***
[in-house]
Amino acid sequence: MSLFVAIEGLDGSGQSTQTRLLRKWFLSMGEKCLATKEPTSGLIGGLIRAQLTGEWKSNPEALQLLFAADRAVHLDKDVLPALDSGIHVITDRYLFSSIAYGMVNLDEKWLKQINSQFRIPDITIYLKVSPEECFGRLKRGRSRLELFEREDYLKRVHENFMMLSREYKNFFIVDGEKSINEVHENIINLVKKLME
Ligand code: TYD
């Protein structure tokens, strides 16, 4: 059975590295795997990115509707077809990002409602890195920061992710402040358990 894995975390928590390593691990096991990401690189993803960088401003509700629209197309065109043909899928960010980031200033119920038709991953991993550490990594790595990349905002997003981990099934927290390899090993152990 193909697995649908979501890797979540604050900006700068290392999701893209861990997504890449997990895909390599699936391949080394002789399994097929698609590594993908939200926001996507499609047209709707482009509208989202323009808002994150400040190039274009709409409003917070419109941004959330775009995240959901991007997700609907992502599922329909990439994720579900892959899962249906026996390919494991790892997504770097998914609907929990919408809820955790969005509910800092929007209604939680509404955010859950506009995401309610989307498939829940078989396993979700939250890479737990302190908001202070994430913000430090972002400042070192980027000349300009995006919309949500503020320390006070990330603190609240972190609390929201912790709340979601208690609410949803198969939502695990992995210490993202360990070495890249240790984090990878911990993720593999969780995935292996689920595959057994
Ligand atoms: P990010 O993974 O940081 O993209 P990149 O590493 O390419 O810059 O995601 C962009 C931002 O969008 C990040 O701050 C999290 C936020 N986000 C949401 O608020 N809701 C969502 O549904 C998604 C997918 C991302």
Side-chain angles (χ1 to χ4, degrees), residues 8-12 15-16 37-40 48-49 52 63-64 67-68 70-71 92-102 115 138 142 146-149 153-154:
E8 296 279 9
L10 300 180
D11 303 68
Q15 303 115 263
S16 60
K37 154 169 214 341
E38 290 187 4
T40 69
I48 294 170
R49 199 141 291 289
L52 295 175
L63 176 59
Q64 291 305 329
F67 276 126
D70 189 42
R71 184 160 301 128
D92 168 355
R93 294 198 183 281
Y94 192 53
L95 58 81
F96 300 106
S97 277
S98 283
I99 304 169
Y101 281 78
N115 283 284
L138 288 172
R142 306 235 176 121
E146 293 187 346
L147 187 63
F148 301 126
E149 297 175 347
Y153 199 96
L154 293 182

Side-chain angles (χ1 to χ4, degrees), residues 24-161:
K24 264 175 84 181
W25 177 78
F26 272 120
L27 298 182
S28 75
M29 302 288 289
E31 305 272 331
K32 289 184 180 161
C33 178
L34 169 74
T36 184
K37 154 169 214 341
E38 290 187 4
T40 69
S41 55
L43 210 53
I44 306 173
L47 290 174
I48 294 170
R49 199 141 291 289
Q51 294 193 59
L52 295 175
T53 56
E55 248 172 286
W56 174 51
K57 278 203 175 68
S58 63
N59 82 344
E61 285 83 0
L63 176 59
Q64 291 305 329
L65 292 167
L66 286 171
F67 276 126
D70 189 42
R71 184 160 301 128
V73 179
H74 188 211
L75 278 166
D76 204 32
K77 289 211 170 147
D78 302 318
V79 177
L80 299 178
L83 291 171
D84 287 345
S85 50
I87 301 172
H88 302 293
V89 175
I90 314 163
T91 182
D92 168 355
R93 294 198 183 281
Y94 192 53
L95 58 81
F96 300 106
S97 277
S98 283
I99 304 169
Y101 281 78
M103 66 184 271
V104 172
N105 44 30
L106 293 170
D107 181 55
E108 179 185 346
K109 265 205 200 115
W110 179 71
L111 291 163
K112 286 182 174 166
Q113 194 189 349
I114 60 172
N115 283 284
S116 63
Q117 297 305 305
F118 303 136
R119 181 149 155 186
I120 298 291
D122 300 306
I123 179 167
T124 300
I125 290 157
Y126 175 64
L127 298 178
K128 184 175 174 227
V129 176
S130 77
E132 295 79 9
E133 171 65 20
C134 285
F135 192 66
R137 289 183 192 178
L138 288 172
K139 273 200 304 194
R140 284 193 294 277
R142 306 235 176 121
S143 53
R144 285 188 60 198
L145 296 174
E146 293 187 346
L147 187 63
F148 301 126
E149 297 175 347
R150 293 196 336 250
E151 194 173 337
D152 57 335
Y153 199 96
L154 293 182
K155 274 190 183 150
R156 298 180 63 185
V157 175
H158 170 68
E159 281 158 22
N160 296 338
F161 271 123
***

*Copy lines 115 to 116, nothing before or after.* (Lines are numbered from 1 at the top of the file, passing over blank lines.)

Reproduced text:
N115 283 284
S116 63